Life after Small Business Server 2011 with Office 365
This article discusses some of the options, their pitfalls and benefits for life after SBS 2011.
Microsoft retired Small Business Server 2011 in January 2015 with extended support ending in January 2020. There are still many companies out there with SBS 2011 running their business but it is time to move on from this platform and to consider the alternatives.
SB 2011 was a great product, it provided email, intranet, file storage, user management and security in one box at an affordable price. There is no direct replacement for this suite of products. The platform that provides the closest functionality is Windows Server Essentials however this doesn’t include some essential services such as Exchange server which is costly to implement standalone.
The alternatives to SBS 2011 need some considerations which help to narrow down suitable products:
How many users are on the system?
What kind of connectivity is available?
If the number of users is less than around 25 and the connectivity is good, there is a strong argument for Microsoft Office 365. This is what Microsoft sees as the successor to SBS 2011. A monthly subscription per user provide the latest version of the Office suite, fully licensed, Exchange Server in the cloud, File Storage and sharing in the Cloud plus many collaboration and communication tools such as Skype for Business and Microsoft Teams (intranet). Without good connectivity this tool stumbles somewhat. The File Storage becomes tiresome for the user and the installation of Office 365 aware onsite storage is required to get the best out of it. This onsite storage could either be a separate physical box or the synchronisation of files with the users PCs. Both of these methods work well and the user experience once this has been set up is good. the cost per user per month is £9.40 ex VAT for Business Premium which includes the full suite of products plus the cloud services.
When a company has over around 25 users the cost effectiveness of using the cloud diminishes. Suddenly the Office 365 subscription is costing £235 per month. That is £2880 per year ex VAT. Over three years the customer will have spent £8640 for which they could have purchased a physical Exchange Server, licenses and some file storage. Financially, Office 365 doesn’t stack up in this case, although there is an argument that an additional £9.40 to enable an employee to be productive is well worth it.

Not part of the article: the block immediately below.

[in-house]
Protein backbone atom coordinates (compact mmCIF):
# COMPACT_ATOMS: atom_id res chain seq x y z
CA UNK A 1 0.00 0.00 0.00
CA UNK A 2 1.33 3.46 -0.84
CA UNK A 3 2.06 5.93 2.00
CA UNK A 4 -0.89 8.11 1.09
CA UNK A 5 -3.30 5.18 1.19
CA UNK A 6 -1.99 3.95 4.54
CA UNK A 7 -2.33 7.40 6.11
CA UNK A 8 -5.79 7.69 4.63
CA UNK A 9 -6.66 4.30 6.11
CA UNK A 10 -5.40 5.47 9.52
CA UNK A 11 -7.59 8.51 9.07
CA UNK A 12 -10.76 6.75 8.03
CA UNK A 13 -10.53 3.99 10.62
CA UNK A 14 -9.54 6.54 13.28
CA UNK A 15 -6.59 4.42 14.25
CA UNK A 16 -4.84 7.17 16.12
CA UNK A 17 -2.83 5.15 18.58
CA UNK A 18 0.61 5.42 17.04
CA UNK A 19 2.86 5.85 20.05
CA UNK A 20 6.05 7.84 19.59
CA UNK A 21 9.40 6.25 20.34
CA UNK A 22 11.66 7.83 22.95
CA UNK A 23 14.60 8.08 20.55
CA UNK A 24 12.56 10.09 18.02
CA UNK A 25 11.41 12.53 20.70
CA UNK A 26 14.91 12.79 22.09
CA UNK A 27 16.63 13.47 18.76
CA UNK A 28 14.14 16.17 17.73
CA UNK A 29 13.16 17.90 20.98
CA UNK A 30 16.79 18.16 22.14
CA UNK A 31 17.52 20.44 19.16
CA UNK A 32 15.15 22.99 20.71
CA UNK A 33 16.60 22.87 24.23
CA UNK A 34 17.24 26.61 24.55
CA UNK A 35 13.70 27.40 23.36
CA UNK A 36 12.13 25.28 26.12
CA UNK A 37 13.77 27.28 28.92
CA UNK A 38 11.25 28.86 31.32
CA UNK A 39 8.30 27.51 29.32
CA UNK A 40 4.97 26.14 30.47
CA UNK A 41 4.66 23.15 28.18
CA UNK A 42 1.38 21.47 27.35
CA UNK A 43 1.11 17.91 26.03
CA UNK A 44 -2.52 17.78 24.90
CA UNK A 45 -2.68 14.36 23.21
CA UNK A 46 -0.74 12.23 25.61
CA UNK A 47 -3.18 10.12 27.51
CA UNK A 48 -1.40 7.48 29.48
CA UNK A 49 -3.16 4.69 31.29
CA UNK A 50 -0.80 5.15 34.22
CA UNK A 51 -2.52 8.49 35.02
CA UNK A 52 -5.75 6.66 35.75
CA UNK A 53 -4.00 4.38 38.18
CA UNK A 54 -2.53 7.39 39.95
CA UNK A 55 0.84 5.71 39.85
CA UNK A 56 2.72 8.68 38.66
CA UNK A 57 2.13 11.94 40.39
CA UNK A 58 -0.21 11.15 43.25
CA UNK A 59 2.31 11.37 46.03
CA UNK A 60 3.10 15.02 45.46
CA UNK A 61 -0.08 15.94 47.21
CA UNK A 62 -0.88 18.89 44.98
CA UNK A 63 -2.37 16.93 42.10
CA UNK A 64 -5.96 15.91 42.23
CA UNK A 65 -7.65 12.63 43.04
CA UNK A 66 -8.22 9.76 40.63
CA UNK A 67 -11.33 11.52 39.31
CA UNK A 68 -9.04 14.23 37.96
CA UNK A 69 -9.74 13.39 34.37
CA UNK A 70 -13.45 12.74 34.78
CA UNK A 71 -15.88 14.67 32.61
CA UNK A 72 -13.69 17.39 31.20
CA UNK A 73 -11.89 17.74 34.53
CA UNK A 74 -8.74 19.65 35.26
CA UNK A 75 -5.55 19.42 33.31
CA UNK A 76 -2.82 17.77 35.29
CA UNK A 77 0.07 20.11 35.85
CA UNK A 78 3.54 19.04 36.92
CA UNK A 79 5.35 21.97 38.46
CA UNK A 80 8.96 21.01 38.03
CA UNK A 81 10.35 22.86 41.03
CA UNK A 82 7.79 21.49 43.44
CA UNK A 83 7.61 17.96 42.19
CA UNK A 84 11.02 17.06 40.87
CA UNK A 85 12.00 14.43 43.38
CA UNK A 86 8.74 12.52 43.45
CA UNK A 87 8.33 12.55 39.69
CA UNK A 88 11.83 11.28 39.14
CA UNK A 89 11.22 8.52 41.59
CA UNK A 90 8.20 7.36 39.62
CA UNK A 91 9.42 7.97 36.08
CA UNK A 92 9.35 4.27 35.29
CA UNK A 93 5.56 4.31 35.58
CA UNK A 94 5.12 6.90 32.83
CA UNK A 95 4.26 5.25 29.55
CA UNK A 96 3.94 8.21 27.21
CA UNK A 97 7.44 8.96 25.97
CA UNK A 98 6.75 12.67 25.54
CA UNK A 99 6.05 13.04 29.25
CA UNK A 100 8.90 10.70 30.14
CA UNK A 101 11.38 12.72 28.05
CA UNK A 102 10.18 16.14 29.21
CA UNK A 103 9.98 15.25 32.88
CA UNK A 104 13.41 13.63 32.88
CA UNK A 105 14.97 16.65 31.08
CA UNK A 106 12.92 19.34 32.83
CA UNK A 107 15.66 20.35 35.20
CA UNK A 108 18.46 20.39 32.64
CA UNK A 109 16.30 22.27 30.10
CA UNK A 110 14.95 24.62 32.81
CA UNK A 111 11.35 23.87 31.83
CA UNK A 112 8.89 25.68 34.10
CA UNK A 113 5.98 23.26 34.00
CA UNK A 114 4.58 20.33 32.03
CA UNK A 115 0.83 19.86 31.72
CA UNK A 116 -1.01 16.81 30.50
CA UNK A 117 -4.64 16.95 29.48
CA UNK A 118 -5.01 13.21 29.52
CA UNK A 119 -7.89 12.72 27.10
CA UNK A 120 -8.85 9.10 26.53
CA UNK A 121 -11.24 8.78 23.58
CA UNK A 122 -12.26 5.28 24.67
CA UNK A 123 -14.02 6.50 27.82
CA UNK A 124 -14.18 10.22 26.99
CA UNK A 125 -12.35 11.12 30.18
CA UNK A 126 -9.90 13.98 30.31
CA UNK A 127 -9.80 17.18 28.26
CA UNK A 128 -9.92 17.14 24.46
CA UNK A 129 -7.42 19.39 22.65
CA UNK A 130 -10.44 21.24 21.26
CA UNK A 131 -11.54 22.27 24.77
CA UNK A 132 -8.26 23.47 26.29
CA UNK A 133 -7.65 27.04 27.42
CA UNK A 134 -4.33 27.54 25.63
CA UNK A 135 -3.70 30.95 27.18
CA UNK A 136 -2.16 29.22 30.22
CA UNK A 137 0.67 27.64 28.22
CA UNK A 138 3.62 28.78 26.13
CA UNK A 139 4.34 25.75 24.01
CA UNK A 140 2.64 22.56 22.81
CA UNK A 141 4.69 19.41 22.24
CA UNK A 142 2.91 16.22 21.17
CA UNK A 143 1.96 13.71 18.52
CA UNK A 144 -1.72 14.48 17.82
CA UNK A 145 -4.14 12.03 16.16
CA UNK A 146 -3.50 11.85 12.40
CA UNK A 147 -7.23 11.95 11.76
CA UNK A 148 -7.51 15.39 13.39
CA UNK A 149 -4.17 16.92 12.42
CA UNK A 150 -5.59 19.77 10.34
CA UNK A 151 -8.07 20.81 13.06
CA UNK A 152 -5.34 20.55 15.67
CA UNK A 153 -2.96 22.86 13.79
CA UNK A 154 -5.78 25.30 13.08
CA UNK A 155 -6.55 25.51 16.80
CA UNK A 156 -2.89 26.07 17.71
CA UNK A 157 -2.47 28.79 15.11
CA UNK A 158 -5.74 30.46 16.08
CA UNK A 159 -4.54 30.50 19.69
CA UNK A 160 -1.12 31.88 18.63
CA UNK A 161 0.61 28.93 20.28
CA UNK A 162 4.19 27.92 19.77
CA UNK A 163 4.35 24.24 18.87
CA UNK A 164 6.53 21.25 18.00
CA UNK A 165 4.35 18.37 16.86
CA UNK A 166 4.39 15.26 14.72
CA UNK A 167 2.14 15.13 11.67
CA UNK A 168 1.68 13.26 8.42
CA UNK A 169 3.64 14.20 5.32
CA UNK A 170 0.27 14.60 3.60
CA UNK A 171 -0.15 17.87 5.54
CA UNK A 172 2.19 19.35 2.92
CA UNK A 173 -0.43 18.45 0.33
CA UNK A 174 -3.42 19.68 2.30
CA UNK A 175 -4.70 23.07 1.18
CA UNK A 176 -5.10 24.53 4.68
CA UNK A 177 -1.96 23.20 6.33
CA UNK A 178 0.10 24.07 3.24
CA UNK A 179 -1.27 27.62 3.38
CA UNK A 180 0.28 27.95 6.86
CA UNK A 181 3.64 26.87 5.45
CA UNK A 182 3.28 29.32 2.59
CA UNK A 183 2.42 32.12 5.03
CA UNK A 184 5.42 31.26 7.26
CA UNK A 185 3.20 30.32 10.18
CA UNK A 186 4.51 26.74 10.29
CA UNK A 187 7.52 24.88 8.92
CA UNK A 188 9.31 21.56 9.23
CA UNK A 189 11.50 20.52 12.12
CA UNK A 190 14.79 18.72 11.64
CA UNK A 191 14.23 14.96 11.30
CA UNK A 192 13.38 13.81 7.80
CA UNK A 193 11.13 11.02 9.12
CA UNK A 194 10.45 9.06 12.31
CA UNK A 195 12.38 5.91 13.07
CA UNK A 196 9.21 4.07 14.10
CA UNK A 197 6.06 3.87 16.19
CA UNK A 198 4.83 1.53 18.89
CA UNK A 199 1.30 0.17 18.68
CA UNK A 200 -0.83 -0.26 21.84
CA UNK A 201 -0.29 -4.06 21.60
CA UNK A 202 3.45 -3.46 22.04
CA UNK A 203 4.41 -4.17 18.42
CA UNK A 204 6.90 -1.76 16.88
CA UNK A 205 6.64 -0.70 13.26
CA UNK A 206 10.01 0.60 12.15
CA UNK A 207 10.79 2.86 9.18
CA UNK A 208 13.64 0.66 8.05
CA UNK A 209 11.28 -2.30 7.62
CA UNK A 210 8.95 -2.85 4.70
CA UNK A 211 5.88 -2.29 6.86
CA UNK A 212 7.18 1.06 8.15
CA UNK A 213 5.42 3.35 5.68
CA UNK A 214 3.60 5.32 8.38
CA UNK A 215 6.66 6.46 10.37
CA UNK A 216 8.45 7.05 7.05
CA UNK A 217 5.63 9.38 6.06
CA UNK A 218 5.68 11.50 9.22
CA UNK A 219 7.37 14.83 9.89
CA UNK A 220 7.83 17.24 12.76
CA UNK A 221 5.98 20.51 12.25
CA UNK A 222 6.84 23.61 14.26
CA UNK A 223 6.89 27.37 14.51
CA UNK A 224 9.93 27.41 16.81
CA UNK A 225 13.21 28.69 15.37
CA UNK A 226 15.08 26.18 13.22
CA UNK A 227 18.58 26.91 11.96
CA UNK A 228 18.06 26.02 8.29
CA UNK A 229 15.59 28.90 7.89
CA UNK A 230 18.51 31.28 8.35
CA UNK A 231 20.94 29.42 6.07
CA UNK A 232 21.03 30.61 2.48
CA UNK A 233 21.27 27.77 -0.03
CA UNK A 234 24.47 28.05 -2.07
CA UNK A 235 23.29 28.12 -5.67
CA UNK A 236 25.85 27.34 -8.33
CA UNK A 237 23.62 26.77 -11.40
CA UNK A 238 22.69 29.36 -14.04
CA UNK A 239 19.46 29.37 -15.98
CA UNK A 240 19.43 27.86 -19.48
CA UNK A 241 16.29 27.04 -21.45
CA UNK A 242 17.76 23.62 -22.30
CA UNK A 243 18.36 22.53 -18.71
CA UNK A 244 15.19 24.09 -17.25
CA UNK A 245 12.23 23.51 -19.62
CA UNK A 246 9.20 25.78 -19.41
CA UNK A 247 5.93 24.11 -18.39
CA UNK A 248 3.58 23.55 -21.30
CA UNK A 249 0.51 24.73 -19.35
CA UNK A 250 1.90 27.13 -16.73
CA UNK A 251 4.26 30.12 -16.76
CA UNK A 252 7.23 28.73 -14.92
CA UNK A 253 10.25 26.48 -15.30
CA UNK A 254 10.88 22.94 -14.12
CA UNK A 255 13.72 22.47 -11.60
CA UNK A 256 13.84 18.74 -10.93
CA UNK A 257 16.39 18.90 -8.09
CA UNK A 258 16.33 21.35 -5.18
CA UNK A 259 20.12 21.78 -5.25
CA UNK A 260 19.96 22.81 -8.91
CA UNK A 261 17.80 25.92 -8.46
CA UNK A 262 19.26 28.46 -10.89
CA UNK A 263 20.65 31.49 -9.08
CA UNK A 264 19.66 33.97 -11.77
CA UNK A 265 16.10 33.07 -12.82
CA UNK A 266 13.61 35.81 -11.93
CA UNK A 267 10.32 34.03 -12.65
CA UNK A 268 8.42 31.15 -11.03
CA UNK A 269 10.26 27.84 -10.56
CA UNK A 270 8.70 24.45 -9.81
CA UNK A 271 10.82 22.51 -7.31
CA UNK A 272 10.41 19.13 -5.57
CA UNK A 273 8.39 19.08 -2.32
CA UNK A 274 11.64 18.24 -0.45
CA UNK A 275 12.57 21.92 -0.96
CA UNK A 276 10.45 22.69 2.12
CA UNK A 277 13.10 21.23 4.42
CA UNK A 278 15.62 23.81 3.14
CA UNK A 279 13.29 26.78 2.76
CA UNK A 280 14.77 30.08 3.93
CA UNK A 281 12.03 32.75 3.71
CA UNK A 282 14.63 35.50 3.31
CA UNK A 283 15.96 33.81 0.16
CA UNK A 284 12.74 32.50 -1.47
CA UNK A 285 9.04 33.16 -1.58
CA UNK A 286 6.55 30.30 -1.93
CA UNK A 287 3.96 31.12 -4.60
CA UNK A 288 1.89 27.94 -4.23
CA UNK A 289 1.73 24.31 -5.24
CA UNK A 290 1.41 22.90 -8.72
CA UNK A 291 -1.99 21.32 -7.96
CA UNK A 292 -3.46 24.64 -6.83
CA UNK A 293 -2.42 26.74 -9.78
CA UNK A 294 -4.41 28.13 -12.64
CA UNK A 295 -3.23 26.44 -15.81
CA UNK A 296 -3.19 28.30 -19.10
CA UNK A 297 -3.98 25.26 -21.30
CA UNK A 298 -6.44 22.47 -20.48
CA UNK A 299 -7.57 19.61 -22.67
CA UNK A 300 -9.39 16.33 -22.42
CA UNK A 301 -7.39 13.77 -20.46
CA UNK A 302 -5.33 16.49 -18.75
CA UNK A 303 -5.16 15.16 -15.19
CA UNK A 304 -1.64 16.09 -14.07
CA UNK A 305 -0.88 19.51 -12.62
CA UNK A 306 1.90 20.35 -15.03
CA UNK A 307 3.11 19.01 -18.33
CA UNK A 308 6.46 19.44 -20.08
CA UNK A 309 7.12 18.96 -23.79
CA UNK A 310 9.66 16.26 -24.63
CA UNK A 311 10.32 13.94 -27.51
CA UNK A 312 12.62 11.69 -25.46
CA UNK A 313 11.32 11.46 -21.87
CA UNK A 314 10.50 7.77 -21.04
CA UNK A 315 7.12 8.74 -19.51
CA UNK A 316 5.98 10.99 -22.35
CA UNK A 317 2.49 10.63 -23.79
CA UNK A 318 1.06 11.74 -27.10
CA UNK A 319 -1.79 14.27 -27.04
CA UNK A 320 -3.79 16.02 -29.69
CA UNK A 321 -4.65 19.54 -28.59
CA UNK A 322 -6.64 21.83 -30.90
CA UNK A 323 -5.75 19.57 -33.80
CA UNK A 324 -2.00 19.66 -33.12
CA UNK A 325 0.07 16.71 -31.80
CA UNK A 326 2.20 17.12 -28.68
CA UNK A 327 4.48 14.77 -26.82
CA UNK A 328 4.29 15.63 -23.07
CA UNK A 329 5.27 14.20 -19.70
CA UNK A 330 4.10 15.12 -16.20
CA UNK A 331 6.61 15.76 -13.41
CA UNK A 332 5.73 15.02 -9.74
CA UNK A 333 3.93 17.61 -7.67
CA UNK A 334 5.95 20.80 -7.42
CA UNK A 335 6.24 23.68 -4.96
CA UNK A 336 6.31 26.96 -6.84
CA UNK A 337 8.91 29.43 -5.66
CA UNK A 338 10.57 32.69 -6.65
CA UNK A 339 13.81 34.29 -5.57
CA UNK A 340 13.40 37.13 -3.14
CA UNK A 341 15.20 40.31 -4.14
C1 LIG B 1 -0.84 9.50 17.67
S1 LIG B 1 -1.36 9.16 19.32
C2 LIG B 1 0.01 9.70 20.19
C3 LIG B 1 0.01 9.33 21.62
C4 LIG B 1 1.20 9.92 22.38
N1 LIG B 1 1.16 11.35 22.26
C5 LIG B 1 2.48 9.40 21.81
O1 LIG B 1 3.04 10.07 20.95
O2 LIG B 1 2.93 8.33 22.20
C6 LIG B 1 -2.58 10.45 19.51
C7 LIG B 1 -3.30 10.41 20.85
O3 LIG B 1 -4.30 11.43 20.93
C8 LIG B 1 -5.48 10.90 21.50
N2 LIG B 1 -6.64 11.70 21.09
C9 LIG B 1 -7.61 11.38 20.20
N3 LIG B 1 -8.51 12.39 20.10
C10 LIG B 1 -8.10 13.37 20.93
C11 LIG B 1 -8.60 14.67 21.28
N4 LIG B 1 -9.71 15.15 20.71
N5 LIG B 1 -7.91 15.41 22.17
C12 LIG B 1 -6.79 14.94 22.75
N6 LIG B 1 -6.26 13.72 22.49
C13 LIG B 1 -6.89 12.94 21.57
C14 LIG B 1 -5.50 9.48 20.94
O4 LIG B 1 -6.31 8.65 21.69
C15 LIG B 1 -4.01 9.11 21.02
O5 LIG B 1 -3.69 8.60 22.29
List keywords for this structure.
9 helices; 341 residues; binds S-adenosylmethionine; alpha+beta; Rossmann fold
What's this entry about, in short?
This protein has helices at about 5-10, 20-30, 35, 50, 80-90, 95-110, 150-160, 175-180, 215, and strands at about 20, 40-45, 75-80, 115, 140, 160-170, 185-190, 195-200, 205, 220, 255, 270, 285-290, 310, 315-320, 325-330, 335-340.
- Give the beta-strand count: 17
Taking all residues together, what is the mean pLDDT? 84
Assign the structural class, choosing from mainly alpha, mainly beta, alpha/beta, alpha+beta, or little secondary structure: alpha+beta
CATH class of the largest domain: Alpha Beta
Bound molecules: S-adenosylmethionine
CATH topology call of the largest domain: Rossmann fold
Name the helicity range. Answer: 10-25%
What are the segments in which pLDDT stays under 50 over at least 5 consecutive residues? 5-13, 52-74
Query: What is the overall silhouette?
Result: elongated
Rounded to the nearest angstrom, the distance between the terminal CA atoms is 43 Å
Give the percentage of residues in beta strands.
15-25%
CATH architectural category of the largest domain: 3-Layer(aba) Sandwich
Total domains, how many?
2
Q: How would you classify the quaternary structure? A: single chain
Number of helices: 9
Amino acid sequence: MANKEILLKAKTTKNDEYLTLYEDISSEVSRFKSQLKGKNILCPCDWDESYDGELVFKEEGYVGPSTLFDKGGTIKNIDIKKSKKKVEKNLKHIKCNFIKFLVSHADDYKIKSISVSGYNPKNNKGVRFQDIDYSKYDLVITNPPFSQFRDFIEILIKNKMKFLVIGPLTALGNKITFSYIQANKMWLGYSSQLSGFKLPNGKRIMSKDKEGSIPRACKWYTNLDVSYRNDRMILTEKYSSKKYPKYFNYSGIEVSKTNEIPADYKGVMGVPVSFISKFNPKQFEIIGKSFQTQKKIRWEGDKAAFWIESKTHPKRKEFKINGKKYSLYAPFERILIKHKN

In the case of poor connectivity what to do? When there are a small number of users (less than 25), Exchange in the cloud is the answer, but NOT cloud based file storage. There are some Office 365 subscriptions with Exchange services only (from £3 to £6 per month) however they don’t include the Office license (so you don’t get Microsoft Outlook, the mail client). To get Outlook, Business Premium is once again required at £9.40 per user per month. In this case Files should be stored locally on a file server, NAS or synchronised with users PCs to minimise the need for connectivity.
One point to note is that in the UK some of the areas with the poorest connectivity are industrial estates and commercial areas. This means that many customers need their IT service provider to consider and discuss the options with them with this in mind. Things are improving out there but it takes time so hybrid solutions with offline files are becoming the norm.
This article has discussed alternatives to Small Business Server 2011 utilising Office 365 being deployed in various ways. Please feel free to email the author email@example.com with comments, suggestions or for IT services.
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